The Annual Abram Kartch and Thomas Jefferson Lecture Series

Courtesy of William Paterson University

David Hunter, Staff Writer

The 33rd Annual Abram Kartch/Thomas Jefferson Lecture Series occurred on Wednesday, Nov. 1 2017, to an audience of university and high school students in the University Commons Ballrooms.

Although every American is familiar with Thomas Jefferson, the third President of the United States and author of the Declaration of Independence, it would be surprising if people are aware of Abram Kartch, an attorney and Jefferson scholar. The reason that the lecture series bears his name is because he gave an endowment to the university to establish it. Each year, the WPU “presents a lecture examining a particular aspect of the thought of this great American.”

This year’s featured speaker was Dr. James Alexander Dun, an early American historian and an assistant professor of history at Princeton University, whose lecture “Second Revolutions: Thomas Jefferson and Haiti,” was very illuminating about an aspect of Jefferson not noted in history textbooks.

As the author of the Declaration of Independence, Jefferson’s famous notion that all men are created equal created a catalyst for revolutions to occur. Dun looked at Jefferson’s reaction to the French Revolution and the Haitian Revolution.

Beginning his speech with the question of how the term revolution is used, Dun set the stage for a characterization of the Haitian Revolution. He argued that using revolution as a noun is too vague and that it had to be an adjective, to describe and characterize a series of events. For whatever reason, the word revolutionary was not discussed even though it can be used as both an adjective and a noun. Besides that, the important point he tried to make was that we should look at the term ‘revolution’ and see ‘revolutionary,’ with all the descriptiveness and adaptability that term has.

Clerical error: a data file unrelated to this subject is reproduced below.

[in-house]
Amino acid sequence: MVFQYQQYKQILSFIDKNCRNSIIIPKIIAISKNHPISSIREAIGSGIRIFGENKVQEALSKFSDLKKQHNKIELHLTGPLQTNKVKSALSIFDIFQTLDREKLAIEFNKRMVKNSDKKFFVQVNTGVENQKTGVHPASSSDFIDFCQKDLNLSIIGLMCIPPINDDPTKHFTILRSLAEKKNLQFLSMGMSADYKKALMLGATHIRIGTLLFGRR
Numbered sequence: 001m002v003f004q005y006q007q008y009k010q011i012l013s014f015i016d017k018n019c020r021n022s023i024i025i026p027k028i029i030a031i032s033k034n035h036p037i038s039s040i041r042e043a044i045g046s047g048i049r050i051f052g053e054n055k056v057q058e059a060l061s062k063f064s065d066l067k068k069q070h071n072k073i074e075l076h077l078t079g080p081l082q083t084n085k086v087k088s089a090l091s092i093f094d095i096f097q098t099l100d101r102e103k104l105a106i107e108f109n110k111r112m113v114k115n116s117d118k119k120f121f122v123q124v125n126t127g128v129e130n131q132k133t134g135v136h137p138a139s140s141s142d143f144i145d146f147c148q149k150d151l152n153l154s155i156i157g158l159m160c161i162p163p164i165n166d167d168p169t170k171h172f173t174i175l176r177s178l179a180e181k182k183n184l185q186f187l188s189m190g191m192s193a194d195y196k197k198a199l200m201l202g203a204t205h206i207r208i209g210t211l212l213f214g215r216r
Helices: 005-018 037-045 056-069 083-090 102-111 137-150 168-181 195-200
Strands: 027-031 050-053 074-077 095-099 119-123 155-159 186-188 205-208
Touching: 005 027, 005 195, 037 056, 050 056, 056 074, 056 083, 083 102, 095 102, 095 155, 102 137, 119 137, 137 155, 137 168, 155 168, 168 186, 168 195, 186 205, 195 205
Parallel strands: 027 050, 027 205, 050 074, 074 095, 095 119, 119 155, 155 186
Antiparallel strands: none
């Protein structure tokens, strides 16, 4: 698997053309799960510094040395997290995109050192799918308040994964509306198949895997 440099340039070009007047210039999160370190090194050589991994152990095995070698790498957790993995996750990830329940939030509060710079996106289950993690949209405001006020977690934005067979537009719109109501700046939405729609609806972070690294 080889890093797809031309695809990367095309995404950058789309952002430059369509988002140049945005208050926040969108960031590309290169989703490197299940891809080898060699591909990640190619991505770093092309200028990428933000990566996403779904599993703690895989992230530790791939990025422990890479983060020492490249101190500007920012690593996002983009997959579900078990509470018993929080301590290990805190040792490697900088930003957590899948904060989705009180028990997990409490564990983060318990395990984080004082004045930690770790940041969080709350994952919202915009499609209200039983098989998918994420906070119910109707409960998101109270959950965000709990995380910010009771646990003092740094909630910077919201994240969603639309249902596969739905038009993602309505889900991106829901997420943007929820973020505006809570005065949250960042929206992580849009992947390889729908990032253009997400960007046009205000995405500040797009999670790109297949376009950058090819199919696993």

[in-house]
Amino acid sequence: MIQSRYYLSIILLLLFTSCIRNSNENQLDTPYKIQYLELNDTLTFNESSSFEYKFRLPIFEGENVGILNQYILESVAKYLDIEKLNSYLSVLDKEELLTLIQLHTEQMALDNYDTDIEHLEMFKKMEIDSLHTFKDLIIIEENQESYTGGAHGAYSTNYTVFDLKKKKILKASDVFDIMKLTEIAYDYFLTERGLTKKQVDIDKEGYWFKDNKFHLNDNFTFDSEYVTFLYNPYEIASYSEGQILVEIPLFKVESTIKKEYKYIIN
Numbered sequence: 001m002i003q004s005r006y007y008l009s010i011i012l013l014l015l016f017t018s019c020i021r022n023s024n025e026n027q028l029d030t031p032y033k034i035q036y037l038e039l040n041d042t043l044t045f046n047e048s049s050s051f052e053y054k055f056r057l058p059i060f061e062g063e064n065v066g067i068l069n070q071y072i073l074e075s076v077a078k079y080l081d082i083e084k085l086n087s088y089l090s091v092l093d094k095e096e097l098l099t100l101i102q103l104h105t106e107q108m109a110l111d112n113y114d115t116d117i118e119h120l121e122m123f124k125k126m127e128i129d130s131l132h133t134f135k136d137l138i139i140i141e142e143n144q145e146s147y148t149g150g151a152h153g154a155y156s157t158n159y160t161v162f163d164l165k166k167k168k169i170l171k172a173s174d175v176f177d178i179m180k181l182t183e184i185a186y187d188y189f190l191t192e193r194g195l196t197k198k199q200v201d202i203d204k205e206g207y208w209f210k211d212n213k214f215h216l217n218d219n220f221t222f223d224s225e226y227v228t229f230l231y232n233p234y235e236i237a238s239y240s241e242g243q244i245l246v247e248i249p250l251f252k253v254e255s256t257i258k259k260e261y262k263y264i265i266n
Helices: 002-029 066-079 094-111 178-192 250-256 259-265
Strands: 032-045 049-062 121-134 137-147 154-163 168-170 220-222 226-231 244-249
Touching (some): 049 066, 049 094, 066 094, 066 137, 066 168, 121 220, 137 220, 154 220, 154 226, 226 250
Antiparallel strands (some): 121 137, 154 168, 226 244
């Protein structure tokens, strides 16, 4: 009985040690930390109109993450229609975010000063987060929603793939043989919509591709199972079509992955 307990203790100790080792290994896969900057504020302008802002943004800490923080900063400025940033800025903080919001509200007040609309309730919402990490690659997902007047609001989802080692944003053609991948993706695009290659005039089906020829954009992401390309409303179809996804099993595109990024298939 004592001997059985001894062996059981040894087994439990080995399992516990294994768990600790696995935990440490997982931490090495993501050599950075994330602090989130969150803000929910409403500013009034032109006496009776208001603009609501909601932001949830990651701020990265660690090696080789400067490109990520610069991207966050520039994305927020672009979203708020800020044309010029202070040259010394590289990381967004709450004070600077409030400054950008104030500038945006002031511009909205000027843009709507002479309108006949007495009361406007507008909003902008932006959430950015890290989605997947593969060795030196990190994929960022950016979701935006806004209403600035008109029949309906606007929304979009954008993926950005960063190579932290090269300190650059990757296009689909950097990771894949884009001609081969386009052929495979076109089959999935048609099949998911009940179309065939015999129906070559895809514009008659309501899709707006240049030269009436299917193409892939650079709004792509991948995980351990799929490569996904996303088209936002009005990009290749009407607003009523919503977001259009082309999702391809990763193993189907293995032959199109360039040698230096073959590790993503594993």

Jefferson was very enthusiastic about the French Revolution, seeing it as the common people asserting their rights against a tyrannical monarchy. To him, it was a battle of the people versus the privileged aristocracy. Jefferson issued positive statements about the violence of the French Revolution, believing that the bloodletting would create a free France.

However, the events occurring in Haiti, known at the time as the French colony of Saint-Dominque, were radically different. This was a slave revolt, led by Toussaint Louverture. To Jefferson, this undercut his notion of revolution. As a large plantation owner, holding hundreds of blacks in bondage, the idea of a slave revolt was threatening to him. Jefferson held the belief, held by many other Americans as well, that the events in Haiti were violent and destructive.

When John Adams attempted to have commercial treaties with Haiti, Jefferson was ardently against it. Southerners were afraid that any attempt to legitimize Haiti, even one that would allow the United States to dominate the country, was going too far. The idea of a multiracial society was not imaginable at the time due to social constructs.

How is the Haitian Revolution characterized? It was associated with disease, disorder, and political unrest in the late eighteenth and nineteenth century by reactionaries who attempted to undermine it, but the events that took place were an unavoidably revolutionary series of changes.